The word “billion” is chucked around by politicians more often than a rugby ball, but it is a difficult number to comprehend.
According to a study, a billion seconds ago it was 1959 and a billion pounds ago was only 13 hours and 12 minutes at the rate the Labour government is spending it. That’s quite a scary thought. And here’s another one.
In the past 13 years, the government has put 35 per cent more taxes on individuals and businesses to cater for its appetite for spending. This has been overseen by a man who has decimated our gold reserves and saw to it that we were the last country to come out of recession (and only by a hair’s breadth).
For those who want more bills on their desks such as the Food Licence Tax, the Luxury Tax and the Workers’ Compensation Tax, Gordon Brown’s your man. The thing is, I can’t see how any right-minded businessperson would be putting a cross in the Labour box, especially when you consider the National Insurance farce (another demonstration of Labour’s desire to squeeze as much out of business as possible).
While the “billion” figure may be one that is hard to comprehend, I don’t think many business people would have a problem thinking about a billion reasons for a change in government!
Another thing synonymous with the Labour governments is strike action. Yet another strike is on the horizon in the form of AA patrol men over the May bank holiday weekend.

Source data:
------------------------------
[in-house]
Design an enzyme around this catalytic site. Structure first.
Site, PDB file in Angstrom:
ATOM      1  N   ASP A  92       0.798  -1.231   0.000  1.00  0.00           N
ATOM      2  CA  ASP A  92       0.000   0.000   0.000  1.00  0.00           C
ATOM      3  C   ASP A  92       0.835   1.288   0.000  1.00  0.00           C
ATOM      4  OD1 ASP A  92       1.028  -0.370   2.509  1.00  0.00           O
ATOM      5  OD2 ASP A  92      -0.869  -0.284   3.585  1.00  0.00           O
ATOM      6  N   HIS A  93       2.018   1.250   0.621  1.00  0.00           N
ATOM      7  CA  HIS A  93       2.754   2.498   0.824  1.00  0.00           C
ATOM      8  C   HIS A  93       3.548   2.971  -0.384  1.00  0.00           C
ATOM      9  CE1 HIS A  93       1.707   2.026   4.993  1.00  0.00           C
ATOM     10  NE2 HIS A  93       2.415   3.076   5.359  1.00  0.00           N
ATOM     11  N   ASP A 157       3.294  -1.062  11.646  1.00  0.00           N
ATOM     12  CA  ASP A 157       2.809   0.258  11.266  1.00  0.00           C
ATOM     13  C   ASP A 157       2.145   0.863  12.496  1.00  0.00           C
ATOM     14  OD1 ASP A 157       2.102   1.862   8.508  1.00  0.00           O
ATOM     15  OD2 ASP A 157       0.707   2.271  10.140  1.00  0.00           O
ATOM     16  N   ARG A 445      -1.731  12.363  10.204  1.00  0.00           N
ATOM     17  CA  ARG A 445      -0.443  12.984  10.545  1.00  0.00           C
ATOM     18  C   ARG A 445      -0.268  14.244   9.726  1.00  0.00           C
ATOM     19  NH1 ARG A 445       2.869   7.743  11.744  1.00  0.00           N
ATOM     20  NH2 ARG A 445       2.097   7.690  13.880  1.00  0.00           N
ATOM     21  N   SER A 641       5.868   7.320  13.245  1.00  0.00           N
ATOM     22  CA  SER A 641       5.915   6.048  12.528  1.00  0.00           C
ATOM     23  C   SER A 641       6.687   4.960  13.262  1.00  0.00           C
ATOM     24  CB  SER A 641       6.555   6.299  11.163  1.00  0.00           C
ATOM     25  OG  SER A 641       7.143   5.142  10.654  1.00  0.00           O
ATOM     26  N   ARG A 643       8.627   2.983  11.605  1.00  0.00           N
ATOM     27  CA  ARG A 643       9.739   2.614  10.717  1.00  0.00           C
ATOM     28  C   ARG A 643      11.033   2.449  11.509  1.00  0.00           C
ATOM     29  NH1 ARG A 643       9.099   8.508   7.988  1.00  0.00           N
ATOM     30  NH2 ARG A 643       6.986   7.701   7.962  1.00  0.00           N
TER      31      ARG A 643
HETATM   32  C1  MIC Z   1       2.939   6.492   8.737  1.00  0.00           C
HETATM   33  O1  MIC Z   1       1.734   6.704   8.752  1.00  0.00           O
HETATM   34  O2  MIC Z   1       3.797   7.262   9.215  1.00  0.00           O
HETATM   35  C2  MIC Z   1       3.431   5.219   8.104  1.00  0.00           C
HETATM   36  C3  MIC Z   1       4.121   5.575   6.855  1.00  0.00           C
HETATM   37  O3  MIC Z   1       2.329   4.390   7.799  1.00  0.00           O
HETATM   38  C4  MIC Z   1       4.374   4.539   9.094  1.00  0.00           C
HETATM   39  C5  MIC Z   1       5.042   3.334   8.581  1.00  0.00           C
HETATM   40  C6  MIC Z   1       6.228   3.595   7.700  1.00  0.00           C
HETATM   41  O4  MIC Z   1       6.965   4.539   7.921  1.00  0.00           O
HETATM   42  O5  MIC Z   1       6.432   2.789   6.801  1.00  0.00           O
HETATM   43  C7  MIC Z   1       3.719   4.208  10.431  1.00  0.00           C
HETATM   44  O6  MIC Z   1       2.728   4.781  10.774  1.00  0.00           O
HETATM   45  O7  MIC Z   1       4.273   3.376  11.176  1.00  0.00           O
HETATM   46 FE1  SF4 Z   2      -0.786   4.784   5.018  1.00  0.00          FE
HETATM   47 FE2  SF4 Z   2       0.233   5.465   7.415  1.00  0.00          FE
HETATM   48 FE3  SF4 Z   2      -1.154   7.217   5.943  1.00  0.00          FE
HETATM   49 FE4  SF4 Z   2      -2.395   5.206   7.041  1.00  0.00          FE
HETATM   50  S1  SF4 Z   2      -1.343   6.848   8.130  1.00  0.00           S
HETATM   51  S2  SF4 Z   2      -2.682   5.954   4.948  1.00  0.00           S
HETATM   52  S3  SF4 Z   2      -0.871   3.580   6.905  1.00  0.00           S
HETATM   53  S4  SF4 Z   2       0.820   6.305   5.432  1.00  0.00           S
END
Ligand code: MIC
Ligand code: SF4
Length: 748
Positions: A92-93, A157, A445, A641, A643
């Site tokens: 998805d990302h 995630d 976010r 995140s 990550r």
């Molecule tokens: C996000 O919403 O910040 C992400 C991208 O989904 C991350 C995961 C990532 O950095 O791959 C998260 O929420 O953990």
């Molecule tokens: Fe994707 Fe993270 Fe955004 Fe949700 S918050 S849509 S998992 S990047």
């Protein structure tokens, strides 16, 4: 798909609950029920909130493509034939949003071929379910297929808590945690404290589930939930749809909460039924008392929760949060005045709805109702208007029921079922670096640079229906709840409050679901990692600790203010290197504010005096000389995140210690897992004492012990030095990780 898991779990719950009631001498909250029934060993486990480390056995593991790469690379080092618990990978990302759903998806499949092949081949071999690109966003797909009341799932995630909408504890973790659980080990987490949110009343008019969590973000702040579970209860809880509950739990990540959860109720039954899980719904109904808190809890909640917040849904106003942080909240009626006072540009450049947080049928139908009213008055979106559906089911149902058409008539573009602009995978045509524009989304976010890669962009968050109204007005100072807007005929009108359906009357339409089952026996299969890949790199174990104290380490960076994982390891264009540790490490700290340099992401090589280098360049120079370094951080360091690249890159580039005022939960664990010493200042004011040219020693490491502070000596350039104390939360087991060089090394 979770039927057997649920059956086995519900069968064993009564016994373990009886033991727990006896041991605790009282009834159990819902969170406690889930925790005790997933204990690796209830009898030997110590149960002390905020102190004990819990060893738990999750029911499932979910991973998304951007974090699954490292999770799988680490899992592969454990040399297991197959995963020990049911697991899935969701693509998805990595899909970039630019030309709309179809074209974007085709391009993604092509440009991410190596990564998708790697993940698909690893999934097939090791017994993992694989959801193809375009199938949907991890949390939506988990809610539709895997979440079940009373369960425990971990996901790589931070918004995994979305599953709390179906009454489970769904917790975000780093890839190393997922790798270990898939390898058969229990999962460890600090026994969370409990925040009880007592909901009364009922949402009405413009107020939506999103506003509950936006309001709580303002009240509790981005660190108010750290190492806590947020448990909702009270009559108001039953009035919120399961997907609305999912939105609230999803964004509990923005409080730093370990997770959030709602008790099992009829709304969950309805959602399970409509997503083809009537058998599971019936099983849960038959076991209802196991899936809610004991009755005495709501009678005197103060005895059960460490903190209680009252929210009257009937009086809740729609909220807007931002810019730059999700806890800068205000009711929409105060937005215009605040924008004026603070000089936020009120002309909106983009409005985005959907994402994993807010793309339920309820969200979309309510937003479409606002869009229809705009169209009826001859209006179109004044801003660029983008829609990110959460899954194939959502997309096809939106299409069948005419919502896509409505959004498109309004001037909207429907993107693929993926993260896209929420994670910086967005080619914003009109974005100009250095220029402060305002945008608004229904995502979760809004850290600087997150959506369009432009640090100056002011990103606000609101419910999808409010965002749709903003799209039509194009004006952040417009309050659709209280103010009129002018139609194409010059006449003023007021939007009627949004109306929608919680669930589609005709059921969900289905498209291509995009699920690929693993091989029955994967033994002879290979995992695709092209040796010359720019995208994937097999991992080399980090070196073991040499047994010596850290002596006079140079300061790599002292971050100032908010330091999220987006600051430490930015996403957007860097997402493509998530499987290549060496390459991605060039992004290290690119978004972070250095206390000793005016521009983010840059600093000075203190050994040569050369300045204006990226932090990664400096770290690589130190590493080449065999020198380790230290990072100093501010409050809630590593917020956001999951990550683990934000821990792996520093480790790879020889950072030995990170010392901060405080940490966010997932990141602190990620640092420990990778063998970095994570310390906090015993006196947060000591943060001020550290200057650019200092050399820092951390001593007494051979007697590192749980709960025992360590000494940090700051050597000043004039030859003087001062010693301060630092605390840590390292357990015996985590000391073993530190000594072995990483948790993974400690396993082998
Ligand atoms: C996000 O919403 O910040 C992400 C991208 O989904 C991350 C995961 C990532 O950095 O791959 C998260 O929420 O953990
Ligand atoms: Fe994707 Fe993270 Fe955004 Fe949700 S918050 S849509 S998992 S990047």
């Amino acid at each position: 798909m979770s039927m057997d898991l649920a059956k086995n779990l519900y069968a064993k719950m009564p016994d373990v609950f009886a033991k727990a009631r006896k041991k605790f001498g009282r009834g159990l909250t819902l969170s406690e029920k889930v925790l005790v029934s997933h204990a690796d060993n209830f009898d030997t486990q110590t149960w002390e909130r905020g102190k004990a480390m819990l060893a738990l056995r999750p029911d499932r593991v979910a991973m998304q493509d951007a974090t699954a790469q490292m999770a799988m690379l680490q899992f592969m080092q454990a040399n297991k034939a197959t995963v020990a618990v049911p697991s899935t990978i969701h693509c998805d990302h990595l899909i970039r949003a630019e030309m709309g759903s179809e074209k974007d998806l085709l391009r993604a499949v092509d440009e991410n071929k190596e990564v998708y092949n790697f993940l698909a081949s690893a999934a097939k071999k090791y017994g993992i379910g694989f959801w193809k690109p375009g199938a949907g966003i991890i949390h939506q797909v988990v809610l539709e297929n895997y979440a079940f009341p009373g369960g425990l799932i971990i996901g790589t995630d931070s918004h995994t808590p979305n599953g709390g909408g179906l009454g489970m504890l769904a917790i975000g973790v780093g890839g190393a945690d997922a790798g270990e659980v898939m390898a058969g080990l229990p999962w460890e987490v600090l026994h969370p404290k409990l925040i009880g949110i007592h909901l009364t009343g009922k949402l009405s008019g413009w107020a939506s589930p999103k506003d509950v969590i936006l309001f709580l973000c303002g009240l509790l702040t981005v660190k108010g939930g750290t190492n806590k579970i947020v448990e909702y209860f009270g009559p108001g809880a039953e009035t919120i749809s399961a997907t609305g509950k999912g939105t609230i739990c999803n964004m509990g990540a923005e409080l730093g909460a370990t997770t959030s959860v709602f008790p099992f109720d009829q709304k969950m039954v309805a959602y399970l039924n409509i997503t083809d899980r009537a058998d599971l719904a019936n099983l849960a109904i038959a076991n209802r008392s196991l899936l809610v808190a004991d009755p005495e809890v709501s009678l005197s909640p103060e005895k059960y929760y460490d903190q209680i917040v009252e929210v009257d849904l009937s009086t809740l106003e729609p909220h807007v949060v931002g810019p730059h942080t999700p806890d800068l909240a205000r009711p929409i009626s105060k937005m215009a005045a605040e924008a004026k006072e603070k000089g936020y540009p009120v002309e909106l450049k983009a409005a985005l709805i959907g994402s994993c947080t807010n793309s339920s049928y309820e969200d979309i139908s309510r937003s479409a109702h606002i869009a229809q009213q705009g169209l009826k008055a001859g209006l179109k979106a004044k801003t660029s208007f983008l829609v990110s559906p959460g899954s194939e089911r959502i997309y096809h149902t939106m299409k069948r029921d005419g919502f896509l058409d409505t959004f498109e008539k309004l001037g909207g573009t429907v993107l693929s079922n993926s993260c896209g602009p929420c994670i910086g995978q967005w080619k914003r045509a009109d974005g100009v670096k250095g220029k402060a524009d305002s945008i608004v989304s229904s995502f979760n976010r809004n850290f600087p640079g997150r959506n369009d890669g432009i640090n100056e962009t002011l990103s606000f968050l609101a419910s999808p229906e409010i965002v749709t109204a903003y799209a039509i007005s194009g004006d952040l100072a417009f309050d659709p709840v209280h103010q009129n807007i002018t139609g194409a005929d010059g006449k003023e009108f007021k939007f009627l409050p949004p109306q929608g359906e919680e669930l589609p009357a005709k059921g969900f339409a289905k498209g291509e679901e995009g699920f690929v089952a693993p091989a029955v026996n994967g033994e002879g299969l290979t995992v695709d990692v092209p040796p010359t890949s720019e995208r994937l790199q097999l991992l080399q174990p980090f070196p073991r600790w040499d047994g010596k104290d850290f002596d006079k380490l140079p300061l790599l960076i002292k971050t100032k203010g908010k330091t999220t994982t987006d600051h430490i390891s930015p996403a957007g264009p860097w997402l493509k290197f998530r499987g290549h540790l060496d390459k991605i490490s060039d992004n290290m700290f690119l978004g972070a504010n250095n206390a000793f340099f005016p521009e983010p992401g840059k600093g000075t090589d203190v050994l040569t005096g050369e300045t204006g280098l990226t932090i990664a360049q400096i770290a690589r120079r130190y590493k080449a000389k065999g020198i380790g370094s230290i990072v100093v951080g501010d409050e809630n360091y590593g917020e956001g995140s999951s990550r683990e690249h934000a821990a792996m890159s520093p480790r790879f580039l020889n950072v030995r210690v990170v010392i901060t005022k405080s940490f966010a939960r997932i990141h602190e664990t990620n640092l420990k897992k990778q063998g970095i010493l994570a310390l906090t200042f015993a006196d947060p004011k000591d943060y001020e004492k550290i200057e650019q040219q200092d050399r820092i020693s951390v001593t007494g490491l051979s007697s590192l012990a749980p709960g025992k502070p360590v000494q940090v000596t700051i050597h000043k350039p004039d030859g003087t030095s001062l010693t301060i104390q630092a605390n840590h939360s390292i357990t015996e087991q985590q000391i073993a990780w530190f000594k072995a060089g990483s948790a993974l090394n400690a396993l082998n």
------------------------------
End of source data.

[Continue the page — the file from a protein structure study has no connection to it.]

Strikes have never settled anything apart from leaving consumers high and dry – or, in this case, abandoned by the side of road. But that’s exactly what will happen if the 2,500 AA workers get their way and leave the travelling and working public broken down on the hard shoulder.
There’s always an alternative to striking, so they get no sympathy from me. What makes my blood boil even more is the effect this strike could have on business. It’s going to hit thousands of companies who will lose the vital backup they need to do their jobs and earn a crust.
Over the bank holiday, Pimlico Plumbers will have a full 24-hour service in operation and we will have customers relying on us to get to plumbing and heating emergencies. This just won’t be possible if we’ve got vans broken down on the side of the Old Kent Road.
We’ve got 129 vehicles covered by the AA and, believe me, if this strike goes ahead, I’m taking my business elsewhere. I’m sure I’m not the only business owner managing a fleet of vehicles thinking the same thing. We are in the middle of a recession and having our livelihoods held to ransom just won’t wash.
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